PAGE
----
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Old 6th June 2011, 11:47 AM   #1
Alex M is offline Alex M  United Kingdom
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Default Unexpected resonance

When I was working on a new passive crossover for my three-way speakers, I found a surprising peak in response at 230 Hz. I measured the impedance of my Audax HM210Z0 bass drivers in the cabinet, and found a peak at this frequency, which I ascribed to a longitudinal resonance in the box, whose internal height of 72 cm would match this pretty much perfectly.

Aha, I thought, I can tackle this resonance by putting in a couple of extra horizontal shelves in the cabinet to break up this mode. When I measured the impedance again, I found that the peak at 230 Hz had vanished, but to my puzzlement a new one had appeared at 188 Hz. Surely a cavity with its largest dimension 72 cm cannot support a mode of this frequency (half-wavelength 90cm)? Could it be some kind of interaction with either the driver suspension or the port?

Here is a plot of the old and new impedance curves, with the Audax data as a reference:

Click the image to open in full size.

The second peak at 425 Hz is relatively unaffected by the extra shelves, and may well be a front-back resonance (the half-wavelength is 40 cm, which is consistent with that).

Alex
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Old 6th June 2011, 11:57 AM   #2
SY is offline SY  United States
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Did you merely increase the path length by putting in the shelves?
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Old 6th June 2011, 12:13 PM   #3
Alex M is offline Alex M  United Kingdom
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Originally Posted by SY View Post
Did you merely increase the path length by putting in the shelves?
The thought did cross my mind, and I certainly wouldn't rule it out, but I couldn't intuitively understand how I could have increased the path length by that much at the same time as sharpening the resonance.

What do you think?

Alex
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Old 6th June 2011, 12:17 PM   #4
SY is offline SY  United States
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I think you increased the path length.

Check the effect of putting in some absorbent stuffing.
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Old 6th June 2011, 12:20 PM   #5
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Put damping (dacron etc.) in the box, a large thickness (10-20cm) in the bottom and the top. More efficient than shelves.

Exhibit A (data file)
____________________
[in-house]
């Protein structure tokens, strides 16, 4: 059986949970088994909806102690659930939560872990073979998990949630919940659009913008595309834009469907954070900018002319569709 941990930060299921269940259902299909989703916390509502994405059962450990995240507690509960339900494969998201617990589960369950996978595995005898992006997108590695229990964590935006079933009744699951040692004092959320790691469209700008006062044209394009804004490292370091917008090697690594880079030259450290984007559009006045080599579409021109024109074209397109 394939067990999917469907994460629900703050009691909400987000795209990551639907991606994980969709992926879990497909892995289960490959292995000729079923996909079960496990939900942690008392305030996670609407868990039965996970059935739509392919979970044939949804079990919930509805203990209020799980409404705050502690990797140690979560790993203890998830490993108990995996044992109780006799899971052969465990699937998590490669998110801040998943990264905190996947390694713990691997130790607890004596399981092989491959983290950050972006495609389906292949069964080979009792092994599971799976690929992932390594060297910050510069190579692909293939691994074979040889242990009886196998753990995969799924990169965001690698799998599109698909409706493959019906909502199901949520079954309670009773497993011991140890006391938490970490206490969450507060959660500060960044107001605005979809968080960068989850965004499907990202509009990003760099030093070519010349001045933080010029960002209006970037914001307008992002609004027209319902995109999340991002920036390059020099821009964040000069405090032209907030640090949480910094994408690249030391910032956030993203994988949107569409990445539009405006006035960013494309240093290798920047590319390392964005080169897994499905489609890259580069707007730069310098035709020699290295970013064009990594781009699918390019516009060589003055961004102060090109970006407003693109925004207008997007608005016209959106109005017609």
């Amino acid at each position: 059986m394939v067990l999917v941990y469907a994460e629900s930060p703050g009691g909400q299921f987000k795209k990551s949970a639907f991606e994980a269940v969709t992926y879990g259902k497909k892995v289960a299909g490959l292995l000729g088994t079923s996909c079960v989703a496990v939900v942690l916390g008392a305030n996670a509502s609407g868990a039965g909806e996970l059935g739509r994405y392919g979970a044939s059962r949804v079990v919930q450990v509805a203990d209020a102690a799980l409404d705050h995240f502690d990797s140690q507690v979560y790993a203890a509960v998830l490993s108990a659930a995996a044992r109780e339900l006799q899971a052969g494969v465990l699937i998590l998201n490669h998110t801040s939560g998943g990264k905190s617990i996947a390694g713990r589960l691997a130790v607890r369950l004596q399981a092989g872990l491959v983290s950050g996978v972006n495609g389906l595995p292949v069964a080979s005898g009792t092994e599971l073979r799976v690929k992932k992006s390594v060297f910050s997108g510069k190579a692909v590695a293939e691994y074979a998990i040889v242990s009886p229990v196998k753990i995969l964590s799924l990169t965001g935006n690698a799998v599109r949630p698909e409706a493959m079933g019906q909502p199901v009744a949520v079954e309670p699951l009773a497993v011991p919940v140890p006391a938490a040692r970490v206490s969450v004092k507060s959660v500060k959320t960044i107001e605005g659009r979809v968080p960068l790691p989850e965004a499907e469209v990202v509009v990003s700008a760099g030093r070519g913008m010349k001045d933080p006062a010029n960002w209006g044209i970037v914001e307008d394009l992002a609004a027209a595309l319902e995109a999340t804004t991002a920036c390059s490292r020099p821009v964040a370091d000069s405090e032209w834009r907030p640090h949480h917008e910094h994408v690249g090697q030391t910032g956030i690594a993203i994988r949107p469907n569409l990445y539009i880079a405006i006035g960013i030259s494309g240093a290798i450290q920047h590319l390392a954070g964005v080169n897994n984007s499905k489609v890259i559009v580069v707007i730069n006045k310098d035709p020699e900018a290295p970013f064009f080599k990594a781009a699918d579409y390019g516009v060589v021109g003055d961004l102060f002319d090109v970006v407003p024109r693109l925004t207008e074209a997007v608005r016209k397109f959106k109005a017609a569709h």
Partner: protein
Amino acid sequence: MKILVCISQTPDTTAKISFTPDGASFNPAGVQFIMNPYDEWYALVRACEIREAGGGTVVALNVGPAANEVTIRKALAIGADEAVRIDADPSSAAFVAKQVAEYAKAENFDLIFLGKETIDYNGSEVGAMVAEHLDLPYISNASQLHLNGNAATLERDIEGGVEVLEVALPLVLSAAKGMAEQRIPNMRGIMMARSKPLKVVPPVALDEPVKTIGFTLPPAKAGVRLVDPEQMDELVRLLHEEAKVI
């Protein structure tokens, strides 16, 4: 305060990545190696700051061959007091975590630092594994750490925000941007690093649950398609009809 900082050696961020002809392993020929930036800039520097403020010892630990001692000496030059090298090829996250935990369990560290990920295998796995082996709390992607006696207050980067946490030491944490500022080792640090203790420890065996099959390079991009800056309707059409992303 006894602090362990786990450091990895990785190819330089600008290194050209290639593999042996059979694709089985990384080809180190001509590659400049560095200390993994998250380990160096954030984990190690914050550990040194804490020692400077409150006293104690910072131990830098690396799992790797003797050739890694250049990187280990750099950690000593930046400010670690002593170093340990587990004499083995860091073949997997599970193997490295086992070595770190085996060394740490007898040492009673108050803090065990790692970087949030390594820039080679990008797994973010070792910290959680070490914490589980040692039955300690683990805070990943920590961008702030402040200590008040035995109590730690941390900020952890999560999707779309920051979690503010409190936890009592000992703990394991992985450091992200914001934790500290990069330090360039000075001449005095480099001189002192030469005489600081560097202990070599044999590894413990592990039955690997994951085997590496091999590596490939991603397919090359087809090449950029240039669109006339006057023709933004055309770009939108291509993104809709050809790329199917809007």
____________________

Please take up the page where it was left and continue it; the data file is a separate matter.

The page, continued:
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Old 6th June 2011, 12:23 PM   #6
Alex M is offline Alex M  United Kingdom
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Originally Posted by jerome69 View Post
Put damping (dacron etc.) in the box, a large thickness (10-20cm) in the bottom and the top. More efficient than shelves.
I can certainly try that, but I always thought that the accepted wisdom was to avoid damping a ported system?

Alex
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Old 6th June 2011, 12:39 PM   #7
AllenB is offline AllenB  Australia
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200-400Hz is such an important region, I'd rather compromise in favour of this region. The damping will have a greater effect up here than down at the tuning frequency so I'd try to find just the right amount to use. I wouldn't be afraid to stuff a vented box if I had a good enough reason like this.
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Old 6th June 2011, 12:51 PM   #8
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Originally Posted by Alex M View Post
I can certainly try that, but I always thought that the accepted wisdom was to avoid damping a ported system?
An old rule of thumb, useful in the days before widespread availability of decent test equipment and software to avoid misalignment of system response. Now you can see what you're doing, not a great issue.
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Old 6th June 2011, 01:07 PM   #9
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A very distasteful comb filtering effect that may happen at low frequencies ...it happened to me ,and I just did like Jerome says , putting dacron at the top of the cabinet .
Now bass is good .
Nice work I see on the site !!!Mhh.mmh I see interesting basics for IC based filters
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Old 6th June 2011, 06:16 PM   #10
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My latest project, damping effect of the column :

Click the image to open in full size.

Too much stuffing kills the sound.
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File Type: jpg effect_amortisement.jpg (54.5 KB, 244 views)
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